Instead of a police officer, a counselor responds to those in mental health crisis. That’s the idea at the heart of Portland Street Response.
Portland’s having a budget battle over plans to go city- wide with the program.
City commissioners originally funded $4.8 million dollars for launching it, with a small pilot version in the Lents neighborhood. Most of that money, $3.6 million is unspent. Supporters like commissioner Jo Ann Hardesty want to use the money for a city wide expansion to cover expenses like hiring staff and buying equipment. She tells news partner KGW: “The community is just thirsty for Portland Street Response.”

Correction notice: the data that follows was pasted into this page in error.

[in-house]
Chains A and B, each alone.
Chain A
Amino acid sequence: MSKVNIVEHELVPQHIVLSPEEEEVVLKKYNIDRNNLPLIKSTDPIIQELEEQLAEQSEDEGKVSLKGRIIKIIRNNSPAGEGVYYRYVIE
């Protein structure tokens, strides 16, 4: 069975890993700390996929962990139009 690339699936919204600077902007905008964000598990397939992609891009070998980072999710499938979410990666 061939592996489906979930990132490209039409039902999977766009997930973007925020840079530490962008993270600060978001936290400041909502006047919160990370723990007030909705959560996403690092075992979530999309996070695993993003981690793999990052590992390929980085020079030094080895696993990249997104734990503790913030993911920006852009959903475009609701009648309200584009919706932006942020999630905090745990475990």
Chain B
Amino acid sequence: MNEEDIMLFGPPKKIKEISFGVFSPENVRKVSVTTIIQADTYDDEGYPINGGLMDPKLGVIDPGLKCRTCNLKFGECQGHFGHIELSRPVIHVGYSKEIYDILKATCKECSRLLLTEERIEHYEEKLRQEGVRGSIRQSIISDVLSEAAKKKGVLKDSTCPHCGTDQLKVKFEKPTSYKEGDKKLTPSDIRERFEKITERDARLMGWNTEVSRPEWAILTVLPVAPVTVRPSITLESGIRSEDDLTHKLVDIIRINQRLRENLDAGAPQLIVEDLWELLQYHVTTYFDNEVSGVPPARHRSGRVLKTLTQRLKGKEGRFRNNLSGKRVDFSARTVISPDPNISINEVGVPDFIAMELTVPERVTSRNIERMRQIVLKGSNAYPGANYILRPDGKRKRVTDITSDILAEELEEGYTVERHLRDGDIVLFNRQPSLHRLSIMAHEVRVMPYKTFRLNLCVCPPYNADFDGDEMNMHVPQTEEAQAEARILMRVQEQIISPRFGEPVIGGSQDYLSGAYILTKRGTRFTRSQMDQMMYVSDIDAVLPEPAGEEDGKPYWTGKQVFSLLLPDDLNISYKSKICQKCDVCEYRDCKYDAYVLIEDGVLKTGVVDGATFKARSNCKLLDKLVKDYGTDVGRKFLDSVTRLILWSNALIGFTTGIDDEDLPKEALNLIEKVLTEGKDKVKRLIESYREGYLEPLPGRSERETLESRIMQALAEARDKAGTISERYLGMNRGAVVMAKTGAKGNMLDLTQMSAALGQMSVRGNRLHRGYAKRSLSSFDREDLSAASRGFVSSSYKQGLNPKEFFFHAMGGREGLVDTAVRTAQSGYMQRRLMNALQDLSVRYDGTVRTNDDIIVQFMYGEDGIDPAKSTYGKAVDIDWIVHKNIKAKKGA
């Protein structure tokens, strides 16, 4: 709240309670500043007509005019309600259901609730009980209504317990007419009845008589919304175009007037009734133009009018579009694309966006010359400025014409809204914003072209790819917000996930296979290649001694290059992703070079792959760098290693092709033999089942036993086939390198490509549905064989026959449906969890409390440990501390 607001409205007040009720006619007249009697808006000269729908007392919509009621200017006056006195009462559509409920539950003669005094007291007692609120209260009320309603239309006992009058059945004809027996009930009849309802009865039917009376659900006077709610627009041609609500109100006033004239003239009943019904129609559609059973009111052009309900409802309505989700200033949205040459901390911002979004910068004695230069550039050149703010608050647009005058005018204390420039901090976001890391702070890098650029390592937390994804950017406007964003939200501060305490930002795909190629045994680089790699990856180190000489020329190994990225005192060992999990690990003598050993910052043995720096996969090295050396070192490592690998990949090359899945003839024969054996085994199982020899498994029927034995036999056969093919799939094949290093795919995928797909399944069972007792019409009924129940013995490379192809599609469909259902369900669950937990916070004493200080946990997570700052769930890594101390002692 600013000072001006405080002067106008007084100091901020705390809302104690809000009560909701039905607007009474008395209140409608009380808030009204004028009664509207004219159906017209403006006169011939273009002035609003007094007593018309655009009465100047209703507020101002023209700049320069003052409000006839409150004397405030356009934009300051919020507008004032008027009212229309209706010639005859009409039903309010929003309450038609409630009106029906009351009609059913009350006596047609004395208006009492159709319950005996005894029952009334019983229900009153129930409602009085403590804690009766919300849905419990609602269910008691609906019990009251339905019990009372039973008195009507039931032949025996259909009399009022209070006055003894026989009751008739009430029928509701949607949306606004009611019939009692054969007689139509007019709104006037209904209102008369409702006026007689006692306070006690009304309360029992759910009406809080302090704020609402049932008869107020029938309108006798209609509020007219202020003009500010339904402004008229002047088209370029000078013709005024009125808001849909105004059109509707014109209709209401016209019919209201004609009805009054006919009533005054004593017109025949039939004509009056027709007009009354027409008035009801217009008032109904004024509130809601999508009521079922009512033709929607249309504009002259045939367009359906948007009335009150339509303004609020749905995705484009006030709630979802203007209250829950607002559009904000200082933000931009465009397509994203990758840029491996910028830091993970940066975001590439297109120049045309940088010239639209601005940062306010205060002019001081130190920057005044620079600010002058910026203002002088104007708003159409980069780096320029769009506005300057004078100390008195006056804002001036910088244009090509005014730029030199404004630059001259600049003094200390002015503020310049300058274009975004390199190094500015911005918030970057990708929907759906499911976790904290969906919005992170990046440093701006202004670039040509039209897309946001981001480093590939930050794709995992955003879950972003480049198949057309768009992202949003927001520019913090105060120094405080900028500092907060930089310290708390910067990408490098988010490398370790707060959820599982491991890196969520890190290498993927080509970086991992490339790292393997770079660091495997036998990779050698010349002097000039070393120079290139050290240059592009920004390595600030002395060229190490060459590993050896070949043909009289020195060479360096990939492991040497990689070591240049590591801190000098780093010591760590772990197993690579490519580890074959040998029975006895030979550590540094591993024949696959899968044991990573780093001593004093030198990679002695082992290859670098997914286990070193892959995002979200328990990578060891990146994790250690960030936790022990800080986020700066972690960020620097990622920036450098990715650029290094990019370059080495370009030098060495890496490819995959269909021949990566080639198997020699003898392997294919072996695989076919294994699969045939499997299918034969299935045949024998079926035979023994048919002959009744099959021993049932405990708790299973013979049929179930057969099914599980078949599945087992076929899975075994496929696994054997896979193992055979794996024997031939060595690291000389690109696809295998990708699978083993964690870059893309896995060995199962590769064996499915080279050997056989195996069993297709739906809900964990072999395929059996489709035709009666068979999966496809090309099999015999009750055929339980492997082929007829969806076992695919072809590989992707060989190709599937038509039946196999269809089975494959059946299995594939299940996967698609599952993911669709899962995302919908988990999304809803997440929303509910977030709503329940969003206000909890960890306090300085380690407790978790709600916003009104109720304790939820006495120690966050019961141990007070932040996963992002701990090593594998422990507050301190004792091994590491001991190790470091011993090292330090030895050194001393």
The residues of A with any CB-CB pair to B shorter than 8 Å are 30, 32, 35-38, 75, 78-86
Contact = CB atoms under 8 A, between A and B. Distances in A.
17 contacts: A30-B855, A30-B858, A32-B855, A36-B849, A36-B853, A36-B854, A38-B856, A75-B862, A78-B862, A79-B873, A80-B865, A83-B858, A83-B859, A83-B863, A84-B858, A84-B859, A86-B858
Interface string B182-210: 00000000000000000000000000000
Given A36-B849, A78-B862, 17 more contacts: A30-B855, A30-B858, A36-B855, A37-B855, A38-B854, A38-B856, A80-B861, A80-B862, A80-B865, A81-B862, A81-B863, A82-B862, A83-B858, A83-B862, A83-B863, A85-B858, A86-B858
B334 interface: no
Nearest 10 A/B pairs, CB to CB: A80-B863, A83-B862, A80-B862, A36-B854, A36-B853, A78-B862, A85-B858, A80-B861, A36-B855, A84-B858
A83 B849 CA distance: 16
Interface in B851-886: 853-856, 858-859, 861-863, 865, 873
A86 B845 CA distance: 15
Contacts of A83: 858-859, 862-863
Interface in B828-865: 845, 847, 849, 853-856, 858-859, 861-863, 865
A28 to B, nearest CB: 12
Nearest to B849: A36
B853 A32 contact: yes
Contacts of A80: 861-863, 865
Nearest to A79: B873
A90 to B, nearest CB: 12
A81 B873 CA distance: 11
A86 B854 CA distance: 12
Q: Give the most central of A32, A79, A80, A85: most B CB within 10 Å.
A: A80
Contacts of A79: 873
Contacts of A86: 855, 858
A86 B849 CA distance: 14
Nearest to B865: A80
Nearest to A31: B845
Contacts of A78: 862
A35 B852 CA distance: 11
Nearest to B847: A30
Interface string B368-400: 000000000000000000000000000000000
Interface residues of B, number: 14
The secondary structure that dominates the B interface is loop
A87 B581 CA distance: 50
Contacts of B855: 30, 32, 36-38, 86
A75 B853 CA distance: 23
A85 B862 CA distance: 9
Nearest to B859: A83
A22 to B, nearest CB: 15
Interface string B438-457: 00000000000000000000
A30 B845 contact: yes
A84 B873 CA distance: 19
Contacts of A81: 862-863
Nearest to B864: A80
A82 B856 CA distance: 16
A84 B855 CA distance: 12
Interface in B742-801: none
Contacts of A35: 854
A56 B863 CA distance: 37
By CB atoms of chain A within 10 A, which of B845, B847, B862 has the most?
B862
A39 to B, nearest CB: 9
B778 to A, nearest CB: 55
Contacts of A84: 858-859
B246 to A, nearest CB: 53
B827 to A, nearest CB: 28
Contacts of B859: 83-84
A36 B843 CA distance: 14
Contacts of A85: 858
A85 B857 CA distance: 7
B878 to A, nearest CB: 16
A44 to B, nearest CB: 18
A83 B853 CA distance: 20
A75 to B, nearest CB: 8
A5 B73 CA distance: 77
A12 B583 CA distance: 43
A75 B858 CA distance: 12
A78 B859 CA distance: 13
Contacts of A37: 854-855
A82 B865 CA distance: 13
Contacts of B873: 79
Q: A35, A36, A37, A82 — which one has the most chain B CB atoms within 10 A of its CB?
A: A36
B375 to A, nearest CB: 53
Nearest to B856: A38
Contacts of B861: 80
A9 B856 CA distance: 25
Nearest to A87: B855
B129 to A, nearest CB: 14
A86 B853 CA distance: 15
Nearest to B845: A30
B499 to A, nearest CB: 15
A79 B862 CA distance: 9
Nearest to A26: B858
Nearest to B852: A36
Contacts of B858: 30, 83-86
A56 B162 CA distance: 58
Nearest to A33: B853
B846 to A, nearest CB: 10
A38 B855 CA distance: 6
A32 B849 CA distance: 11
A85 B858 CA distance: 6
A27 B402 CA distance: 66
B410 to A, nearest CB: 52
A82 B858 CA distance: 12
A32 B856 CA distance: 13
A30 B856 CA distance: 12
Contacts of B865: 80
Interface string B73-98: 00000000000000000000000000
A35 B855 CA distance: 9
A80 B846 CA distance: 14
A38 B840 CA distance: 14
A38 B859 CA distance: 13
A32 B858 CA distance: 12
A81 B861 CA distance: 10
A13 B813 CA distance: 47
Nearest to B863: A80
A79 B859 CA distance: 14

She says without the funding, “We wouldn’t be able to buy additional vehicles, we wouldn’t be able to start training staff. So we have an opportunity to collectively make sure that the budget reflects our values.”
But Mayor Ted Wheeler wants to hold the money back until more data is in on how well the program works.
He is proposing almost a million dollars in the budget starting in July, to keep the pilot program going in Lents. Then he says city leaders will look at data before deciding whether to expand it city-wide. In principle, he agrees with the idea behind the program. “We all agree that the police are being sent to interventions that they should not be sent to.”